What is the use case for deciding to switch from role-based authorization to having separate tables for users? Is there a design pattern or convention that recommends when one approach is cleaner to implement/maintain than the other?


I'm building a Rails 4.2+ application, but this question is not strictly Ruby/Rails, although if there is a convention for Rails I would like to hear what it is.

In this application, a client enters and submits data but also needs the ability to see the status of their submission as well as add additional info (docs, clarifications, etc...). That's all a client does: submit data, check the status of their submissions, and get email notifications. They can be associated to multiple accounts if the client decides to enter a submission to multiple accounts.

Staff, on the other hand, actually process the client's submission and are associated to a single account. It is also theoretically possible that staff could become a client and have their own submission.

The "view layer" for each type of user is very different, with each performing very different roles. This can be addressed with both multiple tables as well as with role-based.

However, the data for each type of user will be somewhat different.

For instance, a client enters personal information that goes into the "clients" table as well as several associated tables, and the client will be treated like a "contact" in the system.

Staff, on the other hand, will not need to have the same level of personal information in the system since that information is only necessary to process the submission. As mentioned earlier, though, a staff could potentially become a client, which if I did role-based authorization, would be a nightmare to implement.

Staff will also have additional authentication requirements, such as 2-step authentication (clients will not need this).

As I look at this application, what I'm really seeing are 2 distinct applications operating together: the client side and the staff side.

Most of the research and questions I've looked at seem to continually counsel using a single users table and implementing roles for authorization. This means I would have a bunch of conditionals all over the application, though. Most other developers even on SO (I came across several similar questions in my research) seem to look down upon multiple tables for users.

What you need to do is

  1. define your information model
  2. define your authorization requirements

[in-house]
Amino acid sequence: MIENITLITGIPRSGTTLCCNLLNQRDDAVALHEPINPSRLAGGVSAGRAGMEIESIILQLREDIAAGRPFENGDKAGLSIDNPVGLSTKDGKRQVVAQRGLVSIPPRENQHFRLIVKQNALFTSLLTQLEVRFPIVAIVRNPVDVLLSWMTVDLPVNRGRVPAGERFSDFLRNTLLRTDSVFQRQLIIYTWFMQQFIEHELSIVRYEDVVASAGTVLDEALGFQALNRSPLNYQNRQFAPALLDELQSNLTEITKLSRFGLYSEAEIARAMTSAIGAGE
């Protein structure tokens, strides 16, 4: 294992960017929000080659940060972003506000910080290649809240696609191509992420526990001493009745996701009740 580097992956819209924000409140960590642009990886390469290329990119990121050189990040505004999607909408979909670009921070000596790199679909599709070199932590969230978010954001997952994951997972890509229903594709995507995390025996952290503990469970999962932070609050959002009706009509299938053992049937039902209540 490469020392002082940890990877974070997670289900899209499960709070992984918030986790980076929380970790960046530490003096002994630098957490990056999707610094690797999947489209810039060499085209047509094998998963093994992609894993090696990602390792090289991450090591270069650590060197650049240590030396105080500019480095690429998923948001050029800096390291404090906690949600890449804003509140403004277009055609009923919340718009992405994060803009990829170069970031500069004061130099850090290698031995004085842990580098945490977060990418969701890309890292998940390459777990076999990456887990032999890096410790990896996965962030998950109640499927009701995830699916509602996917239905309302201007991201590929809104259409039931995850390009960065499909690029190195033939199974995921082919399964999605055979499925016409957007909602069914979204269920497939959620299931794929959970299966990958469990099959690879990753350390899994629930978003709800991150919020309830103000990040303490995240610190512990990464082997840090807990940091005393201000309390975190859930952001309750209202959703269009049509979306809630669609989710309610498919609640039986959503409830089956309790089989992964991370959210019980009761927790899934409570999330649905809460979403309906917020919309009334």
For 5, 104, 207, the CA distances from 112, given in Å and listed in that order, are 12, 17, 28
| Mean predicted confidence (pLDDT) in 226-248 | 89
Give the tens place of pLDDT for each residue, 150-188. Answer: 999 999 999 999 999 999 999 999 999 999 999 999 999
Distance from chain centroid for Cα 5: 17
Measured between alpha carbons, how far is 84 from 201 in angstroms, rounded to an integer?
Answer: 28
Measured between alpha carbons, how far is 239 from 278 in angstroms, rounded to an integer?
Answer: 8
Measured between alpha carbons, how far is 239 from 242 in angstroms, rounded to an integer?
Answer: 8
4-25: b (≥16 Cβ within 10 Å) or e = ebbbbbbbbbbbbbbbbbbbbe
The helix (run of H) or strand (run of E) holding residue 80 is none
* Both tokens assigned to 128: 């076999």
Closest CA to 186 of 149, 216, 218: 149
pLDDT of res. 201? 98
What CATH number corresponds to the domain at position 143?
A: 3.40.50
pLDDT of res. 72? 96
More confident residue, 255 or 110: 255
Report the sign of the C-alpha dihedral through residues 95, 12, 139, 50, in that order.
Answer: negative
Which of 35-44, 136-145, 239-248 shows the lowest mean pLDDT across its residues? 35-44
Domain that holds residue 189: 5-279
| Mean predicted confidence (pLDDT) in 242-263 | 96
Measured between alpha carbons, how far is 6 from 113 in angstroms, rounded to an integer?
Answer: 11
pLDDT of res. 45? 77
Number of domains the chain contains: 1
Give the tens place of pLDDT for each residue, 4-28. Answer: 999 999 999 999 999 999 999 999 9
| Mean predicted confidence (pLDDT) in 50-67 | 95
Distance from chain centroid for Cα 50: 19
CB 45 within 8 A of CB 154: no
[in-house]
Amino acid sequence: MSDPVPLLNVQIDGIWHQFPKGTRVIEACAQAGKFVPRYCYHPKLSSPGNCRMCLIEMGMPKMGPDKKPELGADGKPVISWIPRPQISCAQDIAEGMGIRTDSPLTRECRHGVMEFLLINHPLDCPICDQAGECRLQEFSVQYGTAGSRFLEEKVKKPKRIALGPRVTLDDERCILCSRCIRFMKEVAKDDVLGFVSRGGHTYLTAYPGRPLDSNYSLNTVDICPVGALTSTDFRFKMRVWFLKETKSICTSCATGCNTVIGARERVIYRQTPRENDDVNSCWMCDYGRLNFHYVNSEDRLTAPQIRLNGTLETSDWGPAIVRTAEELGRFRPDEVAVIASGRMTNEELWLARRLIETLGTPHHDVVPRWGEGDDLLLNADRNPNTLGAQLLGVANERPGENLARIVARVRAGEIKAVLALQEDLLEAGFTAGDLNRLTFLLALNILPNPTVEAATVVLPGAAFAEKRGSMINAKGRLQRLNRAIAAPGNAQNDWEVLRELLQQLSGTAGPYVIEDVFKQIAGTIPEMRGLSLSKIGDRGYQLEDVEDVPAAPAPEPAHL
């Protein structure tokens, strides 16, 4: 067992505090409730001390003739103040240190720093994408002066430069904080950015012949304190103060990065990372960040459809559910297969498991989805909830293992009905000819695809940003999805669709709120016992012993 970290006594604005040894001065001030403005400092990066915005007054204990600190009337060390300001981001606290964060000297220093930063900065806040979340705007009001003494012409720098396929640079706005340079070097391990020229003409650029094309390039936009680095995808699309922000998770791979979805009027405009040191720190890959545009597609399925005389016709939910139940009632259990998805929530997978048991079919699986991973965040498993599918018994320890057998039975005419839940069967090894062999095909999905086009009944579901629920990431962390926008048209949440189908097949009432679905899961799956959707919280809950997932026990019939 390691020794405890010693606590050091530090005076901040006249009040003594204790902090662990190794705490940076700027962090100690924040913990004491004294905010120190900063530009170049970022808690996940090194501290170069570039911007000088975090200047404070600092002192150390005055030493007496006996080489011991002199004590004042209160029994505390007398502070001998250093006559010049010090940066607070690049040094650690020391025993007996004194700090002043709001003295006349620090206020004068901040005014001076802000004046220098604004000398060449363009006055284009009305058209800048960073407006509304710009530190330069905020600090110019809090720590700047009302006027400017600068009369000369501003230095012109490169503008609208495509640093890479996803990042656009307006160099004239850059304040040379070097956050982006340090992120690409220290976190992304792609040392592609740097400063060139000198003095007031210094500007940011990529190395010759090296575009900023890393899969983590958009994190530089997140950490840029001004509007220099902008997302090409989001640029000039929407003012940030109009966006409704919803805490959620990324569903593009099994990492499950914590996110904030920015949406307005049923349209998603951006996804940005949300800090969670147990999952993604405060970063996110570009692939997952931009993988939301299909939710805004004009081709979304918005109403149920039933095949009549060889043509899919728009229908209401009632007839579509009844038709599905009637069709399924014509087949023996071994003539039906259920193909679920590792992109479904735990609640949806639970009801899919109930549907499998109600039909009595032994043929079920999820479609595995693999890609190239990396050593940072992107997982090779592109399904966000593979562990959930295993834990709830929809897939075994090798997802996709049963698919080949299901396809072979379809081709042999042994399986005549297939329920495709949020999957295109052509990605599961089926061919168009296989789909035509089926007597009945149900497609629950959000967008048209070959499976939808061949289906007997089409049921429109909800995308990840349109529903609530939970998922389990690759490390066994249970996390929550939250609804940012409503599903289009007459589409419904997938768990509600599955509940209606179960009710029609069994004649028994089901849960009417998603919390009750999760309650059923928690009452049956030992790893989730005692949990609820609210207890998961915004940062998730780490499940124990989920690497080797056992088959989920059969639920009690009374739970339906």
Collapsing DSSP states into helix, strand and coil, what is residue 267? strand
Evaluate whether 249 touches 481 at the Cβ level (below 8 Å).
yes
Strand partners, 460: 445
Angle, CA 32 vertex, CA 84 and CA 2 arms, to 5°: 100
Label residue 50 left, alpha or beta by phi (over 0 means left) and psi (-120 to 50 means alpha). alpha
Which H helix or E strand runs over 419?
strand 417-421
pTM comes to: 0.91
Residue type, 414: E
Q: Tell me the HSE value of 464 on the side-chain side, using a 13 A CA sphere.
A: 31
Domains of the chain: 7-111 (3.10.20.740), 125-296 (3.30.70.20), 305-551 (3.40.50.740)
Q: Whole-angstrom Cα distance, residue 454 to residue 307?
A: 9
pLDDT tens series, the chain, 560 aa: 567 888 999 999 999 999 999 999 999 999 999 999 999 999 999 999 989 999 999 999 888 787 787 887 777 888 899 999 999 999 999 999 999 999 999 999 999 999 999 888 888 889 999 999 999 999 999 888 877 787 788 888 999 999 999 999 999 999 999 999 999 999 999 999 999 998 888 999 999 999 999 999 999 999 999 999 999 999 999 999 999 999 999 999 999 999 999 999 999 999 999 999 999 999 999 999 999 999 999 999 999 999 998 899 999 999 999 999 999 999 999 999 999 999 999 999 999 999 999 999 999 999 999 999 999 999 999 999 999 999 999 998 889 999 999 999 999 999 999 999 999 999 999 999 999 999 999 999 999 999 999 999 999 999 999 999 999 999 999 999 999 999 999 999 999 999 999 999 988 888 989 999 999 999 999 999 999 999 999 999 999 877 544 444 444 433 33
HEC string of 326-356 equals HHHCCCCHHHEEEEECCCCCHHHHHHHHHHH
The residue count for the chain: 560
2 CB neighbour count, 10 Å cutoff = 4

3. externalize / decouple the authorization requirements from the business logic.

Regarding 3. have a look at ABAC () - attribute-based access control. It's the access control model NIST recommends when what you need cannot be be handled through RBAC (NIST ABAC project page).

Let's have a look at your use case:

  • users can be clients or staff or even both
  • users can belong to multiple accounts
  • accounts contain submissions
  • submissions have creators

Your authorization requirements

  • A client can edit a submission they created
  • A staff member can process submissions if the submission belongs to an account the staff member is associated with
  • a client can view all the submissions for the accounts they belong to

Reworking your requirements 'ABAC' style

  • a client can view all the submissions for the accounts they belong to


  • A user with the role == client can do the action == view on an object of type == submission if and only if submission.account is in user.assignedAccounts

Implementing ABAC

There are a few different ways to implement ABAC. One such way is to use XACML, the eXtensible Access Control Markup Language (). XACML works well for many different languages (Java, .NET, Ruby...) There are several implementations of XACML such as Axiomatics or SunXACML.

In Ruby, you also have an authorization gem called CanCanCan. If you are looking for a fully-integrated Ruby-based approach, then CanCanCan is the easiest option you have.


I'm not used to rails, so I'm not sure if there should be any special considerations when designing for rails. This problem does not seems to be associated with authentication, but with authorization

So your system have following functions,

  • Client

    1. Profile with a lot of info
    2. Submissions view
    3. submissions / status
  • Staff

    1. Process submissions
    2. View pending / processed submissions

So if you have a client role and staff role it's not hard, and if a user has client profile the user can see the appropriate functions, and same goes for the staff. You can design tables as you want, you can have 3 tables, user, staff and client where based on the role(s) appropriate tables are populated for a user

Have a look at multi tenancy. Here is a description and overview of possible schemes:

I believe in your case, because you also need a view over all users data, one database with a schema per user should work. This way all tables have the same name, just another schema.

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